During this election cycle, many decided to offer general obligation bonds to pay for schools, streets and sidewalks, parks and recreation, water systems, and many other items.  While many might argue that these items are a function of government, should debt be issued to fund these initiatives?

General obligation bonds are a general obligation of the citizens of the taxing jurisdiction.  So while they offer the lowest interest rate of available debt vehicles, they are supported by all the taxing power of the local government.  According to North Carolina law, a general obligation pledge is not subject to the $1.50 per $100 valuation property tax rate limitation*.  So will property taxes increase to pay for these bonds?

Iredell County has already said property taxes will increase nearly 9 percent, Raleigh will increase taxes by more than 4 percent, the town of Blowing Rock will increase theirs 3 percent per year for the next 10 years, and the city of Hickory said the rates will increase but did not give an amount.  While cities and counties are not required to increase their property taxes to pay for the bonds, most eventually increase property tax rates to pay for the increased debt service.  This is what Cabarrus County said about their bonds,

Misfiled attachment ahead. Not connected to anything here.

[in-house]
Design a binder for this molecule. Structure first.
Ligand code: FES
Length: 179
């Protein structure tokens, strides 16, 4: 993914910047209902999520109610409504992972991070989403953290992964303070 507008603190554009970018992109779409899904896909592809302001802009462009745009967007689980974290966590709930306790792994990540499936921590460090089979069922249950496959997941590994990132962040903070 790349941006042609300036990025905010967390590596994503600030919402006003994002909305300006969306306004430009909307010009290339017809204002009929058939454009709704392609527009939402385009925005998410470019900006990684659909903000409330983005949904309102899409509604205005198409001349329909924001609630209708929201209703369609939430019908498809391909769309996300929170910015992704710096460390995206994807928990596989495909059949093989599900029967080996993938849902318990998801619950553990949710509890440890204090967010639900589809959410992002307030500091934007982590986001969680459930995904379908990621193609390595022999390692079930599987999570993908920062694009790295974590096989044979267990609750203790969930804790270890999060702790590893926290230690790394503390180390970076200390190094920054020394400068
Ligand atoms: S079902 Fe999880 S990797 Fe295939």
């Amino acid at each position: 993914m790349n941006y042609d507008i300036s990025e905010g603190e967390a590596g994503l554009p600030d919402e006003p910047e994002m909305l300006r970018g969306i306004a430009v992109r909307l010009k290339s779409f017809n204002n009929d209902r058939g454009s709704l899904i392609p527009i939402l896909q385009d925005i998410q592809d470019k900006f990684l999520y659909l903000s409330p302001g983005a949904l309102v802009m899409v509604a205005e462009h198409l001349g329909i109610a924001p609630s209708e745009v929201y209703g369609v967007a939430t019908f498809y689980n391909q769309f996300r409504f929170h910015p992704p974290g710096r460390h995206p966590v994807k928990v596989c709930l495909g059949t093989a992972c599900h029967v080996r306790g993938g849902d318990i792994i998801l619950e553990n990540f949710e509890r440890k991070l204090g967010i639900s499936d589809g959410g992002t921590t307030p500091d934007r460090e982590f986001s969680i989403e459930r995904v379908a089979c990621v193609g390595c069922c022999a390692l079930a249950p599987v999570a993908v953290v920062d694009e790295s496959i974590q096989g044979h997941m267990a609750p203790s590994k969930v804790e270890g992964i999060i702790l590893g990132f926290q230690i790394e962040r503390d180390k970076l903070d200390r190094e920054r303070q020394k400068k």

General Obligation bonds are low-interest loans often used by municipalities to finance capital (building and repair) projects that are above-and-beyond the scope of the annual operating budget. They are secured by the County’s tax rate, which the County pledges to levy in order to provide for the repayment of the debt.”

When local governments are spending “above-and-beyond the scope of the annual operating budget”, it is hard not to believe that all bond referendums eventually lead to a property tax increase.  In total, bonds passed during the November 4th election will increase local county and municipal debt by over $1 billion.

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*General Statute 153A-149(b)(2) for counties; General Statute 160A-209(b)(1) for cities